To drive home this message, the African Center for Economic Transformation (ACET) last week brought together experts in a focus group discussion to validate key findings of a study on the challenges and opportunities for local employment, local businesses in goods and services, ownership and management by local people and participation of local financial institutions in Ghana’s mineral, oil and gas sectors.
The study on ‘Local Content and Value Addition in the Mineral, Oil and Gas sectors’ is a multi-country research undertaking in Burkina Faso, Ethiopia, Ghana, Mozambique, Namibia, Nigeria, South Africa and Zambia. The aim is to provide cross-country lessons on how natural resources can better benefit African peoples and economies.
The 25th August meeting provided insights and knowledge for recommendations to address challenges and maximize opportunities in the mineral, oil and gas sectors.
In his opening remarks, ACET’s Director of Policy Advisory Services, Dr. Ed Brown, said that the study would assess the nature, content and scope of policies, laws and institutions in the public and private sectors governing the natural resources industry. The study would draw on country experiences within and outside Africa, most especially Trinidad and Tobago and Ontario, Canada.
Dr Brown gave a brief introduction of ACET as a ‘think-and-do’ economic policy institute, supporting Africa’s long-term growth through transformation. He said the study had adopted the ACET Policy Engagement Model (APEM) in the execution of the study. APEM is a unique model of multi-layered, multi-stakeholder policy engagement that uses an integrated approach in which analysis, advice and advocacy go hand in hand. APEM draws on experience and best practice from within and outside Africa.
ACET’s President, Dr. K.Y. Amoako, highlighted the importance of sharing country experience to improve local content in the mineral, oil and gas sectors. He said ACET would bring all eight countries together to share country experiences after the completion of studies in each country.
Dr Amoako asked participants to state what country experiences Ghana could learn from the other seven countries in driving the African transformation agenda. In their responses, participants highlighted skills development and the need to draw linkages between the mining industry and academia.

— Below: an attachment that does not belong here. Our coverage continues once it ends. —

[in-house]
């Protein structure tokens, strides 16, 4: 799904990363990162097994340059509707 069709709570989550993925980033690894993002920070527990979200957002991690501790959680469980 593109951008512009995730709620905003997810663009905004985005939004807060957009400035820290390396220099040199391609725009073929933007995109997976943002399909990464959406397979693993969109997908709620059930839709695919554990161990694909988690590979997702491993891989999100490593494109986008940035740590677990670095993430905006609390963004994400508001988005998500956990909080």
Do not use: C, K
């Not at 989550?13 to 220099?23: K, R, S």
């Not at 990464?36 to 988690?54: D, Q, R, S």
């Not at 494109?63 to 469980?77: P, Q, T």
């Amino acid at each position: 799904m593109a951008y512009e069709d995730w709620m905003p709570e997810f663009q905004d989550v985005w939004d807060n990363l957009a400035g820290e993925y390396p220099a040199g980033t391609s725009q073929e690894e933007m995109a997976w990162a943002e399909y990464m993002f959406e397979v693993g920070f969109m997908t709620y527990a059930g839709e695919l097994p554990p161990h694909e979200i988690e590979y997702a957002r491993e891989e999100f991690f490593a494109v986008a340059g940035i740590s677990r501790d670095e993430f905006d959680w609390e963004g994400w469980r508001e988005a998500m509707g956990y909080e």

Participants also saw intra-government agency collaboration in the sector as key to improving the industry. Coupled with this was the need for strong political will to compel mining industries to adopt local content in the procurement of mining materials. Government should provide the necessary infrastructure to improve access to mines, participants said. There were calls for small-scale mining to add value to minerals for both local and international consumption.
Natural resources expert Mr. Alhassan Atta-Quayson gave a draft presentation on the interim findings of the Ghana study. His presentation touched on four main themes, human capital development and employment, local procurement of goods and services, equity participation and local financing.
Mr. Atta-Quayson said mining companies were supportive of local content and value addition but there were concerns about the political will to drive these companies to implement the local content policy in their activities. He said the country has good educational infrastructure, yet companies complained of poor human resources.
Ghana’s mining policy encourages both local and foreign participation in the mining industry, but the policy makes no provision for local private equity participation. Firms with mining leases are dominated by foreigners.
The research also highlighted opportunities for value addition in four main resources, gold, manganese, bauxite and diamond.
The interim study recommends revisiting and implementing the National Supply Development Programme. There is need to revisit local equity participation and project financing and devise relevant mechanisms to improve the current situation. Government must also address infrastructure challenges in the mining industry, the study recommends.
In a discussion session led by ACET’s Research Director, Prof. Joe Amoako Tuffuor, participants highlighted the need to examine weak linkages between industry and academia and to anchor industrial policies in sustainability and competiveness.
Participants called for the accessibility of mining data to the public and the need for a legislative instrument to support value addition in the country. A follow-up peer-learning event among country researchers is scheduled to take place soon.